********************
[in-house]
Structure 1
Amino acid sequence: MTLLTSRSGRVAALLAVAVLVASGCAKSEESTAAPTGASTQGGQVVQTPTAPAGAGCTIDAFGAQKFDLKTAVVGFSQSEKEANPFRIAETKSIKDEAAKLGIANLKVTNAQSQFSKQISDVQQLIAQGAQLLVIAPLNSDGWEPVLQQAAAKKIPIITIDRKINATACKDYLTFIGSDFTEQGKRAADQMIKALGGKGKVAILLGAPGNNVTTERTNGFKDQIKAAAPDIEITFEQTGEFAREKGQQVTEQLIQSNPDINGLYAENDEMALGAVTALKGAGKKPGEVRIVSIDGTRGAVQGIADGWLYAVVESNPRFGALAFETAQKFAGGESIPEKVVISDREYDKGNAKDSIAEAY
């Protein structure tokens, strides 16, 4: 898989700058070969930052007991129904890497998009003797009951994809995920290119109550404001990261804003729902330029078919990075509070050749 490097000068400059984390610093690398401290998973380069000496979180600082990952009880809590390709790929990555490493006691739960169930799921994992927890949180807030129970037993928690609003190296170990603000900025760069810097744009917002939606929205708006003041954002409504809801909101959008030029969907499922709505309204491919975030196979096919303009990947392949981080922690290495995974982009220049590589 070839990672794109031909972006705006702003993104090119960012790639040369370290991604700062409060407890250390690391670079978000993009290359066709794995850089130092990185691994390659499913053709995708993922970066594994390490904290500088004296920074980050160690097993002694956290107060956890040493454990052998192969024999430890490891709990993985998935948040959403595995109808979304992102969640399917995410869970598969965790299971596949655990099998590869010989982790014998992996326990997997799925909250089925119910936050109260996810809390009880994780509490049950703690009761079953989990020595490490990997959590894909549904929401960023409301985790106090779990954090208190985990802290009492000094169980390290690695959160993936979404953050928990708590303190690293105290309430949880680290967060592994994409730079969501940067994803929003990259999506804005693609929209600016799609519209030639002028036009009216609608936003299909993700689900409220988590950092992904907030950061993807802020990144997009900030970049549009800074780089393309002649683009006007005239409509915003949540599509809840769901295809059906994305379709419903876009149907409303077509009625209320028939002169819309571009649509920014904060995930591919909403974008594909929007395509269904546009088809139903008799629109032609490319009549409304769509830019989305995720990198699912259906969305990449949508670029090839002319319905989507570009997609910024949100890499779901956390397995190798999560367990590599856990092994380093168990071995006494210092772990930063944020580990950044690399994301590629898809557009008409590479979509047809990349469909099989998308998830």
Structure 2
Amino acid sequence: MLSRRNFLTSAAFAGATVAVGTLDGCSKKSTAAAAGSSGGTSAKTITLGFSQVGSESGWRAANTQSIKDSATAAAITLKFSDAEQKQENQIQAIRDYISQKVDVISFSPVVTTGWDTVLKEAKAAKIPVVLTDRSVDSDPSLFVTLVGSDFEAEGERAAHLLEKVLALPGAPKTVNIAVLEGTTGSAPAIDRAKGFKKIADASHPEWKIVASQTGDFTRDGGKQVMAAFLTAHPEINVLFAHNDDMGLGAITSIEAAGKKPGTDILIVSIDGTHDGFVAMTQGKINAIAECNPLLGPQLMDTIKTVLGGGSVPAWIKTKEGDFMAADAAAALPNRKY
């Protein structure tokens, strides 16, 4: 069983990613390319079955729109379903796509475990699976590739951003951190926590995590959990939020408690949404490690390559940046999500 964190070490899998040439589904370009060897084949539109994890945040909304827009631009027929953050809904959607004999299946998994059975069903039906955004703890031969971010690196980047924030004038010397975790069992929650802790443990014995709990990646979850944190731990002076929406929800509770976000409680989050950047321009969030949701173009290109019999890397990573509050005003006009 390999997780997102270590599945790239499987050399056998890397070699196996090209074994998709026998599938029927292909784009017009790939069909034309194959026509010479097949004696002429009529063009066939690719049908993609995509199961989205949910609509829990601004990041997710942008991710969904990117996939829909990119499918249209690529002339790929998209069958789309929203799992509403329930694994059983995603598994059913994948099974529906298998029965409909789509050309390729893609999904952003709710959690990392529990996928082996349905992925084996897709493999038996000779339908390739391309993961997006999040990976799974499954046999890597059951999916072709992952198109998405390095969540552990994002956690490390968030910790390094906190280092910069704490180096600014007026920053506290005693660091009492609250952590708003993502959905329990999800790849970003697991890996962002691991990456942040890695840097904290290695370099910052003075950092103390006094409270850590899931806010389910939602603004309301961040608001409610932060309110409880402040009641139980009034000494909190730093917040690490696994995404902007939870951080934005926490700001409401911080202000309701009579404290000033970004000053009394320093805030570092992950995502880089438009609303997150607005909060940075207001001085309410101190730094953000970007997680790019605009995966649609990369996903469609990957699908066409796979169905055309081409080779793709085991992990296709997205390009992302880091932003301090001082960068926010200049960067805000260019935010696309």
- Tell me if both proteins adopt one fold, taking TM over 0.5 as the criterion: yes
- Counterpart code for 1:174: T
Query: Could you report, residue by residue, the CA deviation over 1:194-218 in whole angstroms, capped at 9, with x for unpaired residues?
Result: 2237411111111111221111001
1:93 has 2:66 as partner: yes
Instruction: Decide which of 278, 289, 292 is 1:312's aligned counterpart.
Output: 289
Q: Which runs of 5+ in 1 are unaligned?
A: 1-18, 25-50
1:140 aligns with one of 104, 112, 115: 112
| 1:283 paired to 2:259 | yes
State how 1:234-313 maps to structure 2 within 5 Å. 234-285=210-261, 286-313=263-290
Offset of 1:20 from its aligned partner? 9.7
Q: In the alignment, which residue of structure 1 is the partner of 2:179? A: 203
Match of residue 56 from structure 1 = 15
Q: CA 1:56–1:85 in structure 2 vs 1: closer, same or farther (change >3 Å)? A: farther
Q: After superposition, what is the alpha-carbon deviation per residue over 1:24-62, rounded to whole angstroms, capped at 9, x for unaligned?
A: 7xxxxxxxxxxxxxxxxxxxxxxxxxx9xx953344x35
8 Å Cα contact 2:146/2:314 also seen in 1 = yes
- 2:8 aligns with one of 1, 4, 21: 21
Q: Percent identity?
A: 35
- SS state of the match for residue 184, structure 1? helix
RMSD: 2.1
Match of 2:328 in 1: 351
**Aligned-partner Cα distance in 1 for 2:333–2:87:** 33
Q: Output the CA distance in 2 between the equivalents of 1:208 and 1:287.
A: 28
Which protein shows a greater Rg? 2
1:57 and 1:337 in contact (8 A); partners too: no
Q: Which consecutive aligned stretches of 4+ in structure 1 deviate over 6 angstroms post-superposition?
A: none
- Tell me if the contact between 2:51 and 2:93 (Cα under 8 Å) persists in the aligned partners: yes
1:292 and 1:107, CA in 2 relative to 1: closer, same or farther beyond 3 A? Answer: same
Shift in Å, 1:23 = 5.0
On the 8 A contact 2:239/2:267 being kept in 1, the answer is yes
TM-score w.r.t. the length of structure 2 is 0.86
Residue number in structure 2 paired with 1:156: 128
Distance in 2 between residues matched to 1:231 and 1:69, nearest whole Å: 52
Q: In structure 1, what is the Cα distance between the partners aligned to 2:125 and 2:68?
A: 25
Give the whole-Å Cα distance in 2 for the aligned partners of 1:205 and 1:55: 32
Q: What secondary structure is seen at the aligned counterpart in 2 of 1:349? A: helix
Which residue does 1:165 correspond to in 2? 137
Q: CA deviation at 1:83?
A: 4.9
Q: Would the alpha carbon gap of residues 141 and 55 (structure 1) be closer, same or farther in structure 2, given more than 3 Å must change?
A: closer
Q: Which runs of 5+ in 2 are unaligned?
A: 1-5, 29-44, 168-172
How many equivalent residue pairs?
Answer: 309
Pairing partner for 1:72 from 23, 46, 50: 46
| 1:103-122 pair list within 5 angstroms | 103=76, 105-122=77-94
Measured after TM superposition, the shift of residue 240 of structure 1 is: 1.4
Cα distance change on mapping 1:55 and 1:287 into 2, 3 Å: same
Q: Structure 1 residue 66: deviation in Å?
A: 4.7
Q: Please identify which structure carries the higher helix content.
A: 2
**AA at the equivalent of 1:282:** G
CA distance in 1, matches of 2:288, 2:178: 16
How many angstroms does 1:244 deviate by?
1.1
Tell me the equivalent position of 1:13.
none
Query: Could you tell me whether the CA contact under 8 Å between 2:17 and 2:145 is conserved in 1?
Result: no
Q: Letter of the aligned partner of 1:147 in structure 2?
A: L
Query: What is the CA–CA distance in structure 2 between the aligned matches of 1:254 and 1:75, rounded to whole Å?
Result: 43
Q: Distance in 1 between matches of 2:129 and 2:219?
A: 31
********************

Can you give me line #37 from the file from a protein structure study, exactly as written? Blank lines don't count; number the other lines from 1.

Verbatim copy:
1:57 and 1:337 in contact (8 A); partners too: no